News, facts, and comments on the coming revolution for piston-engine aircraft.
In 1998, one diesel engine flew on a converted airplane for the first time since 1945. Today, close to 4,000 singles and twins are flying. This is the beginning of a worldwide trend which will eventually allow a rebirth of the piston-engined aircraft, around new specs and new missions.
DieselAir Research, Inc., the publisher of The DieselAir Newsletter, offers strategic intelligence services to the aircraft industry, its suppliers and its customers who ambition to benefit from this global change of paradigm which will mean new markets, new concepts, new services, new materials and components… You may be interested in our services if your firm designs and/or manufactures aircraft and components, aero engines, avionics, propellers and engine components, fuel systems or additives, advanced materials, or industry specific machinery for manufacturing of these; or provides aviation services such as fuel production or distribution; flight training, aircraft chartering, maintenance and operations (FBO’s); or airport management and design, traffic control, hangar, materials handling and storage equipment; or consulting and financial services for these industries; or advertising, sales promotion, trade shows, specialized publications.
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News of April 01, 2007
Thielert Diesels STC’d In Many Cessna 172s
On March 13 the FAA granted Supplementary Type Certification to installation of Thielert Centurion 2.0-liter diesel engines in Cessna 172 F through S models and Cessna F 172 F through P models, according to a news release. Thielert founder Frank Thielert said the STC not only opens the market for his engines to the most numerous of all aircraft in the biggest aviation market on earth, it also smoothes the way for similar approvals all over the world. “The FAA certifications are of particular importance on the world aviation market, since they are acknowledged by most countries in Africa and Asia without further intensive testing,” the news release said. Asia and Africa are seen as big potential markets because Avgas is scare there, while the jet fuel that powers the Thielerts is generally available. The marketing push in the U.S. will be based on the lower operating costs of the diesels, which Thielert said should be particularly attractive to flight schools operating 172s. (AVWebFlash 3/13/07)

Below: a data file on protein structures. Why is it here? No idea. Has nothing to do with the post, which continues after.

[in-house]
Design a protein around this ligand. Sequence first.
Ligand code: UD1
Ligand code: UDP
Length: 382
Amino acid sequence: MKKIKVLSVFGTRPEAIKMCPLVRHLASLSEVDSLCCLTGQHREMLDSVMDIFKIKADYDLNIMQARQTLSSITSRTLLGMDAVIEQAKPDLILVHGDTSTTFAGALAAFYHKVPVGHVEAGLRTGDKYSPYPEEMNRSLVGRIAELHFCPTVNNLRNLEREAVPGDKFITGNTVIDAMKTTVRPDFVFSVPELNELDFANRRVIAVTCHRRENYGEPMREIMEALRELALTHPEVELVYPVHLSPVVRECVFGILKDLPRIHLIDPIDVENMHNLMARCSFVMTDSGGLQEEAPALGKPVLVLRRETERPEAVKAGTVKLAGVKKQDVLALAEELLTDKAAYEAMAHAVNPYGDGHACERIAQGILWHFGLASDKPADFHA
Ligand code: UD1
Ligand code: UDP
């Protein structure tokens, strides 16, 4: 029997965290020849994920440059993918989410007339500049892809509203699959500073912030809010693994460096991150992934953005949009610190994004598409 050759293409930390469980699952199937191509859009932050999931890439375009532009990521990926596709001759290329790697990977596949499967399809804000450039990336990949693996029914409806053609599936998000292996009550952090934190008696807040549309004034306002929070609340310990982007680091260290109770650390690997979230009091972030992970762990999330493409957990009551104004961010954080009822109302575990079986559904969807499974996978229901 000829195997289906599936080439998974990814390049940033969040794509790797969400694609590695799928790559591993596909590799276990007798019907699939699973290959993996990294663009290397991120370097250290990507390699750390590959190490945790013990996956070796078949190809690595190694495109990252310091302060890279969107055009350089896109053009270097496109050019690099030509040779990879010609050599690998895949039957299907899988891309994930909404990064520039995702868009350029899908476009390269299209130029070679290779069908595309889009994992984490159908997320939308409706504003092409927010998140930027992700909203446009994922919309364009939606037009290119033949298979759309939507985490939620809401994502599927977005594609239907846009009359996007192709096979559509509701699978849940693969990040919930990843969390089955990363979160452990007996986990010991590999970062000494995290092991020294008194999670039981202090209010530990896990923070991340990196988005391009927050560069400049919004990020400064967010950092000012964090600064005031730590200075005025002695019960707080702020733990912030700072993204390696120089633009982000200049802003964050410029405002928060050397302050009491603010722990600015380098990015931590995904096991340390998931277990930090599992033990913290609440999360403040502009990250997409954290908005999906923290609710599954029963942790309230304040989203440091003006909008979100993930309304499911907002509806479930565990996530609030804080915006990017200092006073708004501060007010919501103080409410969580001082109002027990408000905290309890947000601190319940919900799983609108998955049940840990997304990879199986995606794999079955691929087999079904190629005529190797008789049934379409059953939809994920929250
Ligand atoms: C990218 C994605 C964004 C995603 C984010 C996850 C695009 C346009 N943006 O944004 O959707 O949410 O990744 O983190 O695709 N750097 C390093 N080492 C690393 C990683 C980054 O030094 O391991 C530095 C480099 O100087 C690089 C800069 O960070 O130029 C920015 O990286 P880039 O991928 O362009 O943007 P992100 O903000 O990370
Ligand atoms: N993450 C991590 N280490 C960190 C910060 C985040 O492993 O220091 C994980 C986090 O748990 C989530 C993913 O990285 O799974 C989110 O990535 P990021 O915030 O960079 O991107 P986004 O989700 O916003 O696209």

posted at 9:08 PM
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Every month: news, facts, and comments on the coming revolution for piston-engines aircrafts between 130 and 400 HP: Retrofitting a diesel engine to run on Jetfuel or Kerosene, reduce Gallons/Hour by some 30%, eliminate ignition systems (magnetos, spark plugs) and their problems, eliminate mixture control, increase TBO to 2,400-3,000 hours, increase performance between 6,000 and 12,500 ft., and drastically reduce Operating Costs.
The letter is intended for piston engines aircraft owners, manufacturers, fleet operators and FBOs, re-manufacturers of engines for these aircrafts, manufacturers of engine components and ancillaries, and all professionals acting in decisions of engine exchange or refitting at TBO, in North and South America, Pacific Rim, African continent, and all parts of the world were Avgas, Mogas, Kerosene and Jetfuel are available.
The DieselAir Newsletter is a confidential publication available only as printed material sent by mail (airmail for overseas), to fully identified individuals or businesses involved in General Aviation. Forums and online content may be printed at discretion of the publisher.